Primer sequences and PCR conditions used in reverse transcription-PCR, methylation-specific PCR and human papillomavirus (HPV) typing

GenePrimer sequence (5′-3′)Annealing temperature (°C)PCR cyclesSize (bp)
p73 AACGCTGCCCCAACCACGAG 53 33 231 
 GCCGGTTCATGCCCCCTACA    
GAPDH CACCATCTTCCAGGAGCGAG 60 20 372 
 TCACGCCACAGTTTCCCGGA    
p73 methylation GGACGTAGCGAAATCGGGGTTC 60 40 60 
 ACCCCGAACATCGACGTCCG    
p73 unmethylation AGGGGATGTAGTGAAATTGGGGTTT 62 35 69 
 ATCACAACCCCAAACATCAACATCCA    
HPV-16 ATCATCAAGAACACGTAGAG 58 35 100 
 GATCAGTTGTCTCTGGTTGCAAAT    
HPV-18 GATTTCACAACATAGCTGGG 58 35 127 
 TGCCTTAGGTCCATGCATAC    
HPV-31 TGTCAAAGACCGTTGTGTCC 55 35 232 
 GAGCTGTCGGGTAATTGCTC    
HPV-52 TGTCAAACGCCATTATGTCC 55 35 231 
 GAGCTGTCACCTAATTGCTC    
HPV-58 TGTCAAAGACCATTGTGTCC 55 35 244 
 GAGCTGTCACATAATTGCTC    
HPV-E6 TGTCAAAAACCGTTGTGTCC 59 35 250 
 GAGCTGTCGCTTAATTGCTC    
β-Globin GAAGAGCCAAGGACAGGTAC 56 30 268 
 CAACTTCATCCACGTTCACC    
GenePrimer sequence (5′-3′)Annealing temperature (°C)PCR cyclesSize (bp)
p73 AACGCTGCCCCAACCACGAG 53 33 231 
 GCCGGTTCATGCCCCCTACA    
GAPDH CACCATCTTCCAGGAGCGAG 60 20 372 
 TCACGCCACAGTTTCCCGGA    
p73 methylation GGACGTAGCGAAATCGGGGTTC 60 40 60 
 ACCCCGAACATCGACGTCCG    
p73 unmethylation AGGGGATGTAGTGAAATTGGGGTTT 62 35 69 
 ATCACAACCCCAAACATCAACATCCA    
HPV-16 ATCATCAAGAACACGTAGAG 58 35 100 
 GATCAGTTGTCTCTGGTTGCAAAT    
HPV-18 GATTTCACAACATAGCTGGG 58 35 127 
 TGCCTTAGGTCCATGCATAC    
HPV-31 TGTCAAAGACCGTTGTGTCC 55 35 232 
 GAGCTGTCGGGTAATTGCTC    
HPV-52 TGTCAAACGCCATTATGTCC 55 35 231 
 GAGCTGTCACCTAATTGCTC    
HPV-58 TGTCAAAGACCATTGTGTCC 55 35 244 
 GAGCTGTCACATAATTGCTC    
HPV-E6 TGTCAAAAACCGTTGTGTCC 59 35 250 
 GAGCTGTCGCTTAATTGCTC    
β-Globin GAAGAGCCAAGGACAGGTAC 56 30 268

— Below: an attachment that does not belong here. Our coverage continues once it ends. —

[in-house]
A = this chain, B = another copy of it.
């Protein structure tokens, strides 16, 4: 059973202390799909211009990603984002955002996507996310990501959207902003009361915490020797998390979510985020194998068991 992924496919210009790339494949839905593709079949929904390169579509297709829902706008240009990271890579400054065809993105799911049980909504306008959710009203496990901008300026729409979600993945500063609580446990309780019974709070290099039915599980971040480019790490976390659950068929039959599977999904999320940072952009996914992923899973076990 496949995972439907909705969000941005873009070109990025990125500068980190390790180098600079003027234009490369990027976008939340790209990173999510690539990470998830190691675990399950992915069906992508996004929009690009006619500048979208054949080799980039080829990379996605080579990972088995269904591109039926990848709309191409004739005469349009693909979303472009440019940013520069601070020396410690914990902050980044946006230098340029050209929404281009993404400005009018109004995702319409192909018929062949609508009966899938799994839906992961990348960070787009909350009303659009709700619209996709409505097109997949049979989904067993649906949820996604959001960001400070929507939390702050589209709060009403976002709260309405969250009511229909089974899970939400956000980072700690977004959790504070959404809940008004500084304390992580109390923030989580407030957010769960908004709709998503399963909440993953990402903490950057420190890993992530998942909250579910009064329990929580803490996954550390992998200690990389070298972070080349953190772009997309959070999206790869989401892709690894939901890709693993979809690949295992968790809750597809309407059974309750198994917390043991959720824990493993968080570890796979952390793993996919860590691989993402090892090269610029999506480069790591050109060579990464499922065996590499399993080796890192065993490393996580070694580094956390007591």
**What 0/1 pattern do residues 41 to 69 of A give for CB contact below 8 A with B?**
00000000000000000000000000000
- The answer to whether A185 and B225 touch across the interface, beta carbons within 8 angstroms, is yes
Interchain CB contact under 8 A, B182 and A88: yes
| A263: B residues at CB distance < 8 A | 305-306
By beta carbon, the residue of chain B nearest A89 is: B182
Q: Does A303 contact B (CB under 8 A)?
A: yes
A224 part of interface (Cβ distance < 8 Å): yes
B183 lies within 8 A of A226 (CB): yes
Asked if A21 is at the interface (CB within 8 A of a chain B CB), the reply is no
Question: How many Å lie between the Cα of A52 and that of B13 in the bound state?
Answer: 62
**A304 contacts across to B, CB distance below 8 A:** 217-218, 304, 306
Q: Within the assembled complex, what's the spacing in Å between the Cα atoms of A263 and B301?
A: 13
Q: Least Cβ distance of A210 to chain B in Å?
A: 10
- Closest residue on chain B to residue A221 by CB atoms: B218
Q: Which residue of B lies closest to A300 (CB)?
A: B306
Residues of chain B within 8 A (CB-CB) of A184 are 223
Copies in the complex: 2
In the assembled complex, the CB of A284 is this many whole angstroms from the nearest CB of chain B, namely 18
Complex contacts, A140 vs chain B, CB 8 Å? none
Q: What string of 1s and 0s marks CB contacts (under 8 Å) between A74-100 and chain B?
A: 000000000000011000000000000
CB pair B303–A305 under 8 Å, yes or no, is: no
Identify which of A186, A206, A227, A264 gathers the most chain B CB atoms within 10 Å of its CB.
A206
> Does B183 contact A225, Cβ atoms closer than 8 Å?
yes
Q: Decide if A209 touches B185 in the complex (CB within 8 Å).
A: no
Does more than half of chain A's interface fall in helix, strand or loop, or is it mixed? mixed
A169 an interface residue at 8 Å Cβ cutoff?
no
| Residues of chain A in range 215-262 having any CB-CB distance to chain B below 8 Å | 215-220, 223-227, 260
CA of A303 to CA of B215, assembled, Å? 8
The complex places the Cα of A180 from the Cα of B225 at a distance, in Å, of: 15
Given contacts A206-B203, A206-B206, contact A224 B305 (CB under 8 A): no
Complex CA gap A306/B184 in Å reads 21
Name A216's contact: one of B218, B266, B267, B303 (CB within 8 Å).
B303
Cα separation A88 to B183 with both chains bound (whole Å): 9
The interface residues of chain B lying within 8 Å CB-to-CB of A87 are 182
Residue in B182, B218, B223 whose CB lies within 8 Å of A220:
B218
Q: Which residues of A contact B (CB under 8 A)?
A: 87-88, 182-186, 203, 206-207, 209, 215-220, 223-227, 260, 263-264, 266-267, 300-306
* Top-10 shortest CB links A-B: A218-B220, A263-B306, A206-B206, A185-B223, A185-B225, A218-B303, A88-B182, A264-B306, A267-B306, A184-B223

CAACTTCATCCACGTTCACC    
Table 2

Immunohistochemical analysis of p73, p21, and Bax in cervical cancers and normal cervices

Immunohistochemistryp73p21Bax
TumorNormalTumorNormalTumorNormal
Positive       
 > 50%a 28 (47.5%) 3 (4.4%) 9 (15.3%) 4 (6.0%) 12 (20.3%) 12 (17.9%) 
 ≤ 50%b 30 (50.8%) 32 (47.1%) 50 (84.7%) 45 (67.1%) 46 (78.0%) 32 (47.8%) 
Negativeb 1 (1.7%) 33 (48.5%) 0 (0.0%) 18 (26.9%) 1 (1.7%) 23 (34.3%) 
Total 59 68 59 67 59 67 
χ2 test (aversusbP < 0.001  P > 0.05  P > 0.05  
Immunohistochemistryp73p21Bax
TumorNormalTumorNormalTumorNormal
Positive       
 > 50%a 28 (47.5%) 3 (4.4%) 9 (15.3%) 4 (6.0%) 12 (20.3%) 12 (17.9%) 
 ≤ 50%b 30 (50.8%) 32 (47.1%) 50 (84.7%) 45 (67.1%) 46 (78.0%) 32 (47.8%) 
Negativeb 1 (1.7%) 33 (48.5%) 0 (0.0%) 18 (26.9%) 1 (1.7%) 23 (34.3%) 
Total 59 68 59 67 59 67 
χ2 test (aversusbP < 0.001  P > 0.05  P > 0.05  
Table 3

p73 expression in RR and RS cervical cancersa,b

p73 expression in RR and RS cervical cancersa,b
p73 expression in RR and RS cervical cancersa,b
a

χ2 test, P = 0.001.

b

RR, radioresistant, RS, radiosensitive, IHC, immunohistochemistry.

Table 4

p73 expression in association with p21 expression in cervical cancersa

IHCbp21
≤ 50%> 50%
p73 > 50% 19 
p73 ≤ 50% 31 
IHCbp21
≤ 50%> 50%
p73 > 50% 19 
p73 ≤ 50% 31 
a

χ2 test, P = 0.001.

b

IHC, immunohistochemistry.

Table 5

Methylation analysis of p73 gene in normal controls and cervical cancers and radioresistant and radiosensitive cancers, as well as the correlation with p73 expression in cancers

Methylation (+)Methylation (−)Totalχ2
Normal 4 (3.2%) 120 (96.8%) 124 P < 0.001 
Cancer 40 (38.8%) 63 (61.2%) 103  
Radioresistant 29 (58.0%) 21 (42.0%) 50 P < 0.001 
Radiosensitive 11 (20.8%) 42 (79.2%) 53  
p73 > 50% 15 20 P < 0.001 
≤ 50% 23 27  
Methylation (+)Methylation (−)Totalχ2
Normal 4 (3.2%) 120 (96.8%) 124 P < 0.001 
Cancer 40 (38.8%) 63 (61.2%) 103  
Radioresistant 29 (58.0%) 21 (42.0%) 50 P < 0.001 
Radiosensitive 11 (20.8%) 42 (79.2%) 53  
p73 > 50% 15 20 P < 0.001 
≤ 50% 23 27  

We thank Dr. Elly S. W. Ngan for helpful suggestions and critique of the manuscript.